Zach Smith has endured more than just about any other young baseball player this season, but no one would know it by talking to him.
"I enjoy being out here and playing this sport. I love it," the Evans boy said before a recent game at Riverside Park.
Zach is a second baseman on the GreenJackets team in the 11-12-year-old Dixie Youth League in the Columbia County Recreation Department. Like any other Columbia County boy, he couldn't wait for the season to start after his dad, Jeff Smith, registered him for another year of baseball.
Soon after, however, disaster struck.
"He was diagnosed with ulcerative colitis," said Smith, who also coaches the GreenJackets. "It's a disease of your colon. We had to take him to the hospital."
Just like that, Zach's dreams of playing baseball again began to fade. Instead of looking for a new glove and fielding ground balls in the backyard in preparation for a new season, he was taking heavy drugs to fight stomach pain.
"He was laid up for about six weeks," Smith said. "The whole time I think he was more worried about how the team was doing."
Smith stayed with his son while assistant coaches Marty Ogden and Noel Simmons took over. Zach was released from the Medical College of Georgia Hospital on March 29, but he was still a long way from a full recovery.
"He lost a lot of weight and muscle mass," Smith said.
Almost the entire first half of the season was gone, and Zach certainly wasn't in the same physical condition he once was, but the second baseman returned to the baseball field May 9.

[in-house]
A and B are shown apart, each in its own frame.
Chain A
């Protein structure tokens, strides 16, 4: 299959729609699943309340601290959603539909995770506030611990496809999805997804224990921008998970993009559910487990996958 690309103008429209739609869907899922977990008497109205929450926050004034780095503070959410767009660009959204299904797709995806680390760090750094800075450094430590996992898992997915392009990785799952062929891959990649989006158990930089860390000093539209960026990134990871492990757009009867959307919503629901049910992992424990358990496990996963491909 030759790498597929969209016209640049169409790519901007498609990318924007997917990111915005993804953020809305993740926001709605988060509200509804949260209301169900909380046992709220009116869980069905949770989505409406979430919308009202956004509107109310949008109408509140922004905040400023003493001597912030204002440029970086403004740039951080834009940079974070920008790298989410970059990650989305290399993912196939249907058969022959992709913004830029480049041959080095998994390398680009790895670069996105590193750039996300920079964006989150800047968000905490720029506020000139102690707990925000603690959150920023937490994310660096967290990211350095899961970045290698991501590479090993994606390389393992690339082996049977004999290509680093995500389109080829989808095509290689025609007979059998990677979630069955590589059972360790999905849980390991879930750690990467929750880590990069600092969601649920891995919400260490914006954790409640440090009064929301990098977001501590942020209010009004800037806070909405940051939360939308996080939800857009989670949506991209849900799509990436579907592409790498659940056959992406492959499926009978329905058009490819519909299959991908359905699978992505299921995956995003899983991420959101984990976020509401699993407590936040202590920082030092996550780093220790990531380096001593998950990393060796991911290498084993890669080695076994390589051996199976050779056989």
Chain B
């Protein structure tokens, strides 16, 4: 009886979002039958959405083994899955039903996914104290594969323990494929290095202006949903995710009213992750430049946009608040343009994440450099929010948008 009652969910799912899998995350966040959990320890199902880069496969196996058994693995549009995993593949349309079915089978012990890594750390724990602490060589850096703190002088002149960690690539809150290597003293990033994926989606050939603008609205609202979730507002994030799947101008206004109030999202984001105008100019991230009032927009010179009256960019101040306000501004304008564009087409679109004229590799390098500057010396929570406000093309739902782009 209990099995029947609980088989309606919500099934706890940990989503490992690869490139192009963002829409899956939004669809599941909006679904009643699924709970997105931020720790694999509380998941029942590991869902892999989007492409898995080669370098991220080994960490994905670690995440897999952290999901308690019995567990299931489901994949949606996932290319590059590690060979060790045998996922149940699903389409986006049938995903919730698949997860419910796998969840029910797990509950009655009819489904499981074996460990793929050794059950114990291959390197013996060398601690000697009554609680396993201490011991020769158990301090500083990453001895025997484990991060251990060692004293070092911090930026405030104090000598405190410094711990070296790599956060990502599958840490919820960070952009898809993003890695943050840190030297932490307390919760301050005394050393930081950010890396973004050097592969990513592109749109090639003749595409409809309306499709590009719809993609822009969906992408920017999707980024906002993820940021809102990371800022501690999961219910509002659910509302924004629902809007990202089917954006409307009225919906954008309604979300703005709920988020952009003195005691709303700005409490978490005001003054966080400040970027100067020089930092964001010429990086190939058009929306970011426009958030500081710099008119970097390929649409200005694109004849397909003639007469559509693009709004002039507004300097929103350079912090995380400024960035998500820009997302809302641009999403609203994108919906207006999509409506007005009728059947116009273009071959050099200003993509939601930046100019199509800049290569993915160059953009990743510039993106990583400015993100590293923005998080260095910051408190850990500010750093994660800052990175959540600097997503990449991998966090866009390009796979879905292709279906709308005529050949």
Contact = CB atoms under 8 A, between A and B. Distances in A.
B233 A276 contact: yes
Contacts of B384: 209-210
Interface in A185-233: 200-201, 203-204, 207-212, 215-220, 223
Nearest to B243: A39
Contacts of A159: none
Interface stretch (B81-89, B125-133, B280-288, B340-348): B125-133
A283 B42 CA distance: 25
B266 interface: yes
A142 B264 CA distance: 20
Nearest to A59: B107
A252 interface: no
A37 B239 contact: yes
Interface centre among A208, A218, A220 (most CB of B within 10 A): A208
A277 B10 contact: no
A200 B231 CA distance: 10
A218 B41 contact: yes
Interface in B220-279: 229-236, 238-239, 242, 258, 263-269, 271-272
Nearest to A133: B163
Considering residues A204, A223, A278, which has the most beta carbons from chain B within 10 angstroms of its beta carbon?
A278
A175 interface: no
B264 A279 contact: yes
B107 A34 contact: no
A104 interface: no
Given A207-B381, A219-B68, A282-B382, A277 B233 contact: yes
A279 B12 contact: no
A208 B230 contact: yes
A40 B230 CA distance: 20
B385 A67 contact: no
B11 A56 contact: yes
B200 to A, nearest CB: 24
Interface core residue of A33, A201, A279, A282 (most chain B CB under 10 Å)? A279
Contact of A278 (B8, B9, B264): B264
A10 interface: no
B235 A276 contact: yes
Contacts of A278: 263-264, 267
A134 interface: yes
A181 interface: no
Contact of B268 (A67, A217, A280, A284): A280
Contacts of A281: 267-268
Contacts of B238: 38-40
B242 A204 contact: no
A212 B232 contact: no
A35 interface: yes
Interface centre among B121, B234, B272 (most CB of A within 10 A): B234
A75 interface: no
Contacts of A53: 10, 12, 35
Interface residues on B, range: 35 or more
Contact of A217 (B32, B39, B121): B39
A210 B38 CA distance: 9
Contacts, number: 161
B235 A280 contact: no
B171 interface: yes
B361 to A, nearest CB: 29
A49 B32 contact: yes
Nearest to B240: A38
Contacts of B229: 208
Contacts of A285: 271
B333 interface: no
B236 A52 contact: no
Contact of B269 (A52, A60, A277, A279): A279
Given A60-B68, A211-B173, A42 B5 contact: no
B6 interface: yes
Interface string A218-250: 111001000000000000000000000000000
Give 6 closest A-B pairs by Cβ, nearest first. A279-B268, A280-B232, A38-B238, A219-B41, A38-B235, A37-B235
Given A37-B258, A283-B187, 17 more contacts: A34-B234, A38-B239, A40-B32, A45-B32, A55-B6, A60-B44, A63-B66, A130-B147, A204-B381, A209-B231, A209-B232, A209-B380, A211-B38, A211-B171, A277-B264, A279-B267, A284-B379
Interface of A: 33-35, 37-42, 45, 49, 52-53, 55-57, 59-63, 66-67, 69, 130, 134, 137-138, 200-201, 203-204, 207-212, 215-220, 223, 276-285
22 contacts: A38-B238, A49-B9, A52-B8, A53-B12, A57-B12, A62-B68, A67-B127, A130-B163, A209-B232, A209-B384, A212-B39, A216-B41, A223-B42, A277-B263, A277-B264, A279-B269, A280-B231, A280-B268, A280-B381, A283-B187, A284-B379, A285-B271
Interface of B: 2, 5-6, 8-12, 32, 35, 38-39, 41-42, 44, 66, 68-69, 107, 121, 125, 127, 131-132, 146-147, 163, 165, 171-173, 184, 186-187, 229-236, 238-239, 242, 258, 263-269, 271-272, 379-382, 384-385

"It was his first game back, and he didn't start," Smith said. "We had a five-run lead going into the last inning, and he got into the game."
That's when the other team, the Rivercats, staged a comeback. A three-run rally left the Green- Jackets holding on to an 8-7 lead with two outs and a Rivercat runner on third base.
That's when a ground ball was hit Zach's way.
"I was focused on the game, but I nearly had a heart attack," he said. "I didn't think I was going to make the play."
Zach did make the game-winning play. He knocked the ball down and fired to first base for the final out to save the victory.
"He's never been real mobile, and with all this he's even less mobile now, but he made the play," Smith said. "That did the whole team good."
During the postgame celebration, Zach was awarded the game ball.
Smith said his son is still battling the colitis and probably will for a long time to come. But for a day, a Riverside Park baseball field was the best medicine.
"It's been hard on him, and we didn't want him out here unless he could handle it," Smith said, "but being out here has been a big part of the healing process."
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